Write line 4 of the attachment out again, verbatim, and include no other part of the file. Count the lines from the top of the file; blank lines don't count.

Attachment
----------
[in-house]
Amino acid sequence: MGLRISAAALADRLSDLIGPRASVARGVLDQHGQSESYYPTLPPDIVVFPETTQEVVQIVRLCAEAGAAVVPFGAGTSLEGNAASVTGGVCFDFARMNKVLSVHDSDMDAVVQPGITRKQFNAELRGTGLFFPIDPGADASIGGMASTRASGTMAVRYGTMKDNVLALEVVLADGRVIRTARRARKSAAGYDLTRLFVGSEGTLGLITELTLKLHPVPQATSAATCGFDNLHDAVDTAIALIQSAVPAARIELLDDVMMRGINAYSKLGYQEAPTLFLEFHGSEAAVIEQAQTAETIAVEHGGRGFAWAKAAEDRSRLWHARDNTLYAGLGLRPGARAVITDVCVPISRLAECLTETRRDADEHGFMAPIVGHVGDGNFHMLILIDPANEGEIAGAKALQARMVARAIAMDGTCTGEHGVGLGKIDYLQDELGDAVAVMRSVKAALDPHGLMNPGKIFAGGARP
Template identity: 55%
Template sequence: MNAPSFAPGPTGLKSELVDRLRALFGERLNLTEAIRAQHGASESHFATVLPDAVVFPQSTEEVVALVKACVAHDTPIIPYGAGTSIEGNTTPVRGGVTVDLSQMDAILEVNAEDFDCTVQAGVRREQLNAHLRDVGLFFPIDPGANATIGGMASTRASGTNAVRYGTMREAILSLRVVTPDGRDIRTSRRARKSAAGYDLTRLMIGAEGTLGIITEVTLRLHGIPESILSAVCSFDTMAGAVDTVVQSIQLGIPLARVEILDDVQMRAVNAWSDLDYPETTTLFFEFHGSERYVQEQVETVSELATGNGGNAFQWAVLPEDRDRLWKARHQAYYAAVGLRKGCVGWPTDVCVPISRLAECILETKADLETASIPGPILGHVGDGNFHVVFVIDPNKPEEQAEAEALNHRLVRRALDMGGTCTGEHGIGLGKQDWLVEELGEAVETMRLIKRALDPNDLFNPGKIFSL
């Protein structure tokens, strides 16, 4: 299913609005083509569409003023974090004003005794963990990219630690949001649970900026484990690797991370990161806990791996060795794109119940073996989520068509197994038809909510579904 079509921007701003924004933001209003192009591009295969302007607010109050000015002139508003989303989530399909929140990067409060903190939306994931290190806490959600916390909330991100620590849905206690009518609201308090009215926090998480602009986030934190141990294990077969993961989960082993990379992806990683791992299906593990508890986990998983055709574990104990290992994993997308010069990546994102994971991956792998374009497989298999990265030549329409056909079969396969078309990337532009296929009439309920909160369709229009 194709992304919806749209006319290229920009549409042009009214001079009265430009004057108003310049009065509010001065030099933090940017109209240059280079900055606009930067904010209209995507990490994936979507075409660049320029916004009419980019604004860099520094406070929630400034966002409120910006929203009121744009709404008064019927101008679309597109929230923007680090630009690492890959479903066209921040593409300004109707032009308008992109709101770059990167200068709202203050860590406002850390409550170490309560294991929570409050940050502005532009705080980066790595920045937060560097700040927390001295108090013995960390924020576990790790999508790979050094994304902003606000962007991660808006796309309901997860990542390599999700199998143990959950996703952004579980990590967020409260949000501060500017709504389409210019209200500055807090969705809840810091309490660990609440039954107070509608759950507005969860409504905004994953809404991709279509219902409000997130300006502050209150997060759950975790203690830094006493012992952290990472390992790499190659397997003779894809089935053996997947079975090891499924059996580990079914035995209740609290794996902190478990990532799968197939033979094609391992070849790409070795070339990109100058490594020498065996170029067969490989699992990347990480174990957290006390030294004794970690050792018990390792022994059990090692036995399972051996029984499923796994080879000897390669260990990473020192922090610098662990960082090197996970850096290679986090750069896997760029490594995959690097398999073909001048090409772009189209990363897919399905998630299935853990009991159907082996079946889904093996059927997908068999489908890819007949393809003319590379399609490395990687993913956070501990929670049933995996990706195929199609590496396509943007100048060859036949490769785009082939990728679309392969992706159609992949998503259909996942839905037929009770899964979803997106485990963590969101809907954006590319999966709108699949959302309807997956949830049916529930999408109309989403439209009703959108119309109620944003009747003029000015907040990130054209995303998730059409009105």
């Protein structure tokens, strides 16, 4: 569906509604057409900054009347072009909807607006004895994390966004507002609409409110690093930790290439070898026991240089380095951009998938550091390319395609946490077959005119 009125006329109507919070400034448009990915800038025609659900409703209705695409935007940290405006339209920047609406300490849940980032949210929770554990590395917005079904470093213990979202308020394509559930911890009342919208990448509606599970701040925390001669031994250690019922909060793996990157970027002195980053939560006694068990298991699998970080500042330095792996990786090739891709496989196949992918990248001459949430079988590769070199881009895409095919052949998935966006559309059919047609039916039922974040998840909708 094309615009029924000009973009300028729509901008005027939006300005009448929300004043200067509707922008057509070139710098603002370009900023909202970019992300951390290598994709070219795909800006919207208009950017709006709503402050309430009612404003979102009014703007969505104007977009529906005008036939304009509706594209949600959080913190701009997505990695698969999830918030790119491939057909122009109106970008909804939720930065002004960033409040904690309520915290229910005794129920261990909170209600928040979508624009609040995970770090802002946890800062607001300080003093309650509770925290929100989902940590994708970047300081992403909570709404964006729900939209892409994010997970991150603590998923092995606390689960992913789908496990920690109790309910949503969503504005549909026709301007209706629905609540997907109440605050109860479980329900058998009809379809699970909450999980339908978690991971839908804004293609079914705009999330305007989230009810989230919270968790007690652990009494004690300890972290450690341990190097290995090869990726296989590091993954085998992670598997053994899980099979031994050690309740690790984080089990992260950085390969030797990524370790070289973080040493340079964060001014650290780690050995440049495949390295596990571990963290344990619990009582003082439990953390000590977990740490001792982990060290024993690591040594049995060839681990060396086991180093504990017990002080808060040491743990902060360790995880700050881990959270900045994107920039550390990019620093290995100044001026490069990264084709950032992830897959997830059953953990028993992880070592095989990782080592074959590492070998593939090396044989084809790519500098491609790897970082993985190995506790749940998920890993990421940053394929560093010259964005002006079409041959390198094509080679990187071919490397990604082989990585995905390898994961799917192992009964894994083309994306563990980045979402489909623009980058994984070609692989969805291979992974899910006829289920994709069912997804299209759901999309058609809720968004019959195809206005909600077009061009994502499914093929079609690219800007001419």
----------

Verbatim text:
Template sequence: MNAPSFAPGPTGLKSELVDRLRALFGERLNLTEAIRAQHGASESHFATVLPDAVVFPQSTEEVVALVKACVAHDTPIIPYGAGTSIEGNTTPVRGGVTVDLSQMDAILEVNAEDFDCTVQAGVRREQLNAHLRDVGLFFPIDPGANATIGGMASTRASGTNAVRYGTMREAILSLRVVTPDGRDIRTSRRARKSAAGYDLTRLMIGAEGTLGIITEVTLRLHGIPESILSAVCSFDTMAGAVDTVVQSIQLGIPLARVEILDDVQMRAVNAWSDLDYPETTTLFFEFHGSERYVQEQVETVSELATGNGGNAFQWAVLPEDRDRLWKARHQAYYAAVGLRKGCVGWPTDVCVPISRLAECILETKADLETASIPGPILGHVGDGNFHVVFVIDPNKPEEQAEAEALNHRLVRRALDMGGTCTGEHGIGLGKQDWLVEELGEAVETMRLIKRALDPNDLFNPGKIFSL